White blood cells (WBCs) in urine are our strongest suggestion that there’s an infection (UTI). However, if WBCs that happen to be in the vagina or under the foreskin wind up washed into the urine, the urine dipstick exam can’t tell the difference. A urinalysis by microscope can help decide, but that’s often not available.
So it’s important, especially for women, to obtain a “clean catch, midstream” specimen, which is more than just wiping with a towelette. We spend a minute or so explaining step-by-step as follows:
- We want to know what germ is inside you, not on the skin. So try as hard as possible that the urine doesn’t touch the skin.
- Women — Spread your legs real wide apart, & hold the labia apart. Clean them with the towelette, but don’t let go. Men — Retract the foreskin, then clean with towelette.
- Start to pee in the toilet to wash outside germs away, then without stopping, catch some directly into the cup. Finish peeing in the toilet.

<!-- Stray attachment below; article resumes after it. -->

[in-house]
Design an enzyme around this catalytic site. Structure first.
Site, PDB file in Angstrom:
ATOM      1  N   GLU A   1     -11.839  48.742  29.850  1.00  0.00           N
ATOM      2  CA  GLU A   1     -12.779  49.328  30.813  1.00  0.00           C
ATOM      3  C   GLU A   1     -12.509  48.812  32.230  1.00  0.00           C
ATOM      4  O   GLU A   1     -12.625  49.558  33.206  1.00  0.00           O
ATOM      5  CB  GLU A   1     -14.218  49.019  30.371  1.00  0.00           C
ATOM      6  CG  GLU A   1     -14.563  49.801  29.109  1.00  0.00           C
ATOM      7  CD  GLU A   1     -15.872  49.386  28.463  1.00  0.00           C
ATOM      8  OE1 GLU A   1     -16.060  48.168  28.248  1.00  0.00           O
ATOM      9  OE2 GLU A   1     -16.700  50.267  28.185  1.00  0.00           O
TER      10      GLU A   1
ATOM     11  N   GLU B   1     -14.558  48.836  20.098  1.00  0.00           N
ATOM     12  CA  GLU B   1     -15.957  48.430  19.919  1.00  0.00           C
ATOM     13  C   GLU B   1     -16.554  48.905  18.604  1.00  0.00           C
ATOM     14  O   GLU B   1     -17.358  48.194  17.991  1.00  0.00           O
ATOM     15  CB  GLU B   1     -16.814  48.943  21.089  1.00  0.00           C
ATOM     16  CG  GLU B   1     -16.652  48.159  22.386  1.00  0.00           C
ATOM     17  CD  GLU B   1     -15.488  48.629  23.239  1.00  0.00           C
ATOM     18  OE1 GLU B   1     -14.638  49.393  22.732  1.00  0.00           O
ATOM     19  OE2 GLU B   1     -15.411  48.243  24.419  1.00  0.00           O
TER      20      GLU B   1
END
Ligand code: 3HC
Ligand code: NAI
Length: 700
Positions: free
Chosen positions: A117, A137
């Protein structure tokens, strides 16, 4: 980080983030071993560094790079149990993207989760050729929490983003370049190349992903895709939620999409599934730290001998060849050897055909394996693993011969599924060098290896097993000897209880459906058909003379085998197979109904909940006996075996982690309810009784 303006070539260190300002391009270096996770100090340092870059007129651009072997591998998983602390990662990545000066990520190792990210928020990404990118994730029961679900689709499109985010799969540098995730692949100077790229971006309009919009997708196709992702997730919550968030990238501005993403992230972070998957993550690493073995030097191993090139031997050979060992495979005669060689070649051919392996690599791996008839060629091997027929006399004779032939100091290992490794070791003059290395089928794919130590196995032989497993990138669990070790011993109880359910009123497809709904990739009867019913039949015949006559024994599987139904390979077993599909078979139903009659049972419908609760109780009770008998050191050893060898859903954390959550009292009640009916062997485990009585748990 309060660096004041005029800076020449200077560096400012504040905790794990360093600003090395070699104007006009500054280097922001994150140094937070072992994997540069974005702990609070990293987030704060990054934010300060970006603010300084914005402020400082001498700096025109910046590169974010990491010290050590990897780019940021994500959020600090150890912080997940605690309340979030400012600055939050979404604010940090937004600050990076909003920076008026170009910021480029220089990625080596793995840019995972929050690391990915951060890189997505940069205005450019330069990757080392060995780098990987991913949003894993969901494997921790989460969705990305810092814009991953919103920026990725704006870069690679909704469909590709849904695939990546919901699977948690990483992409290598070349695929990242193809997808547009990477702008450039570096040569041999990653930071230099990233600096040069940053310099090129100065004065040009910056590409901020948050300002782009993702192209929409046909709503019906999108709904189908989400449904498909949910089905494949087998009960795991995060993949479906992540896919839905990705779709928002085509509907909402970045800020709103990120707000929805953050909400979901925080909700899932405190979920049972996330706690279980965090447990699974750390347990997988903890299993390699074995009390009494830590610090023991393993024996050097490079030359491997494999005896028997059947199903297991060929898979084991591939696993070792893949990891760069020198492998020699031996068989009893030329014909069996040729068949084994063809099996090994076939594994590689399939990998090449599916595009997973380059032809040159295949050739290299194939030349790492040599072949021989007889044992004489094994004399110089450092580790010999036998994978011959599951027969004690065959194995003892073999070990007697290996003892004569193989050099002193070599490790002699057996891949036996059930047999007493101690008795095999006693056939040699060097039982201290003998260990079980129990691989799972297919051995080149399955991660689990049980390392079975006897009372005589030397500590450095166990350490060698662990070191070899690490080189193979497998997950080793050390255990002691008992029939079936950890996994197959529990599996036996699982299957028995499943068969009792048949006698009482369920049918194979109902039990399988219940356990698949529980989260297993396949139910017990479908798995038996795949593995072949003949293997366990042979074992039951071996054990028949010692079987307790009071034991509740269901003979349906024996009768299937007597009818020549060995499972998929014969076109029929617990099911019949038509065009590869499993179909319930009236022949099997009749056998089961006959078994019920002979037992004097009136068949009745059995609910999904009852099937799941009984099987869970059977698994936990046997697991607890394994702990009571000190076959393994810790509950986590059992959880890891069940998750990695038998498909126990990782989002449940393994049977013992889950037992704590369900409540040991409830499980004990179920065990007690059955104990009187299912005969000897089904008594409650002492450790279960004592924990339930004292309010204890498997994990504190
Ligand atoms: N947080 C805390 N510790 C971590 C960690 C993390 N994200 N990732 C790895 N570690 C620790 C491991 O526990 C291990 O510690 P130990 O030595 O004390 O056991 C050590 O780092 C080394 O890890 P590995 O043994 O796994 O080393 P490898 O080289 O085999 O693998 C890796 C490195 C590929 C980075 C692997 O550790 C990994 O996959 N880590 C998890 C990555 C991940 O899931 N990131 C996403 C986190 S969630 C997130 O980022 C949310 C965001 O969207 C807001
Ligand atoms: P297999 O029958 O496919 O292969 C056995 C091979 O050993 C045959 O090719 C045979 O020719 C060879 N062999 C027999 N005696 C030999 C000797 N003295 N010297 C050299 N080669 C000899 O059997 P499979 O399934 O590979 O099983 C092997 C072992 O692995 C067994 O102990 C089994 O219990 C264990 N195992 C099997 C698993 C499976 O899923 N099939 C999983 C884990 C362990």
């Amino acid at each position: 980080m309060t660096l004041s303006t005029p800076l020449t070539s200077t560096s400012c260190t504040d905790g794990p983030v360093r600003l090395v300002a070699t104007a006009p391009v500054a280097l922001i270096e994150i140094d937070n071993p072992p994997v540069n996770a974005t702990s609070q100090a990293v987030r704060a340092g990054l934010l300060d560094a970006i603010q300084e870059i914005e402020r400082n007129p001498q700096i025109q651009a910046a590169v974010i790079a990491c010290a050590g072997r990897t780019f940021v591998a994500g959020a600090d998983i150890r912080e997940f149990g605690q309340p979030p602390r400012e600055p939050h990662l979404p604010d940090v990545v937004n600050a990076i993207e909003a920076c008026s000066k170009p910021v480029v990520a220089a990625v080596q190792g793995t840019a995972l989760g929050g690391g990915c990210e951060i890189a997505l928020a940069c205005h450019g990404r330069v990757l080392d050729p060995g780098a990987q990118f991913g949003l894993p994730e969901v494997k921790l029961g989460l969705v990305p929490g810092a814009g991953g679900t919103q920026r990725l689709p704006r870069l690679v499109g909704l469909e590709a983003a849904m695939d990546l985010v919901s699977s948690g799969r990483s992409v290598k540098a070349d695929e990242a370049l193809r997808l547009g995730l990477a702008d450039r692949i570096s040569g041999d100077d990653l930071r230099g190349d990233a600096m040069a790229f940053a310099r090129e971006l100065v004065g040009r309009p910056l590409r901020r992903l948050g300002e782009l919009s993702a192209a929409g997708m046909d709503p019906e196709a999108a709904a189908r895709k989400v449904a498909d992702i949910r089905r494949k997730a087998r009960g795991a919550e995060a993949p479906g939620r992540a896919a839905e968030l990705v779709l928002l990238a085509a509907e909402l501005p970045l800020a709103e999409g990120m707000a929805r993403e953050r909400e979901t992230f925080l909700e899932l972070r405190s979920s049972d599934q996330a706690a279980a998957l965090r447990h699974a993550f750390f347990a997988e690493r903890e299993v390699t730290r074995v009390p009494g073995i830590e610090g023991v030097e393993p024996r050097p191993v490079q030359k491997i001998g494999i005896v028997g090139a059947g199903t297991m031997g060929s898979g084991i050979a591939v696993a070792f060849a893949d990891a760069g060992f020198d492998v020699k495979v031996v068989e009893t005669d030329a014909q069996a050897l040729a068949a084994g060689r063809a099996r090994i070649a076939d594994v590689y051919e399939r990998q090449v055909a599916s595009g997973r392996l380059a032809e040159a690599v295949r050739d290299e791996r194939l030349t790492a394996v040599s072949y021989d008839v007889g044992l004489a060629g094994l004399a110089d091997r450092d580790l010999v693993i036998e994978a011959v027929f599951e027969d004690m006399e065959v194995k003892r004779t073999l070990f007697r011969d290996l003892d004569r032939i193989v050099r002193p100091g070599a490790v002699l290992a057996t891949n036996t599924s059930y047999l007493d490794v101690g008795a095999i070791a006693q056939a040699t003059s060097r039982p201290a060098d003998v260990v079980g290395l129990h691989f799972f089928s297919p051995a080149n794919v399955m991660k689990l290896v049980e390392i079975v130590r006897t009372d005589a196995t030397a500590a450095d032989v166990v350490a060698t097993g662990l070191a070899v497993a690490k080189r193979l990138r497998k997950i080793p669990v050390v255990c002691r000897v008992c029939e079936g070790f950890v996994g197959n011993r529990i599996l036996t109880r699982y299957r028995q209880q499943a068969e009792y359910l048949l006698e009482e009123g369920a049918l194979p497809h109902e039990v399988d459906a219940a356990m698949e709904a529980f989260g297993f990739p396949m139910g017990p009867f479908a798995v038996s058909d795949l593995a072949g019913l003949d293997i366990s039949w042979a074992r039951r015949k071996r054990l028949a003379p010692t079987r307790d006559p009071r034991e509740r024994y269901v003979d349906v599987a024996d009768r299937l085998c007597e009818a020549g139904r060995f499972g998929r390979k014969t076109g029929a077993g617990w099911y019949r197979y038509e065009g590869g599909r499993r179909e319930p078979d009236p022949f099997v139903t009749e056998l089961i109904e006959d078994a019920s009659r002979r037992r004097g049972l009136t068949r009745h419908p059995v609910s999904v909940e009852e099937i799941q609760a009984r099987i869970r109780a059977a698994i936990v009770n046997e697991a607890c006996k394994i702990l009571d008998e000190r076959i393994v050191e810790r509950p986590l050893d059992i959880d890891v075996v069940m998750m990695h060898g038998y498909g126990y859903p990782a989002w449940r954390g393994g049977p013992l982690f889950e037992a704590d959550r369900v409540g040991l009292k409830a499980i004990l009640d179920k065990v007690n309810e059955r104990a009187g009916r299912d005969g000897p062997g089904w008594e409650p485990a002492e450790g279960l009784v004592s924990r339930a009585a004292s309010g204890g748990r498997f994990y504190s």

- Try real hard to make sure the urine doesn’t touch the skin.
I’ve heard people tell women to, “wipe from front to back,” which makes absolutely no difference at all. Clean however you want.
A truly clean-catch urinalysis that’s positive for WBCs means there’s an infection: either a common bladder infection (cystitis), or more serious kidney infection (pyelonephritis), or maybe a urethral infection from chlamydia (or even gonorrhea). A negative for WBCs means no urinary infection.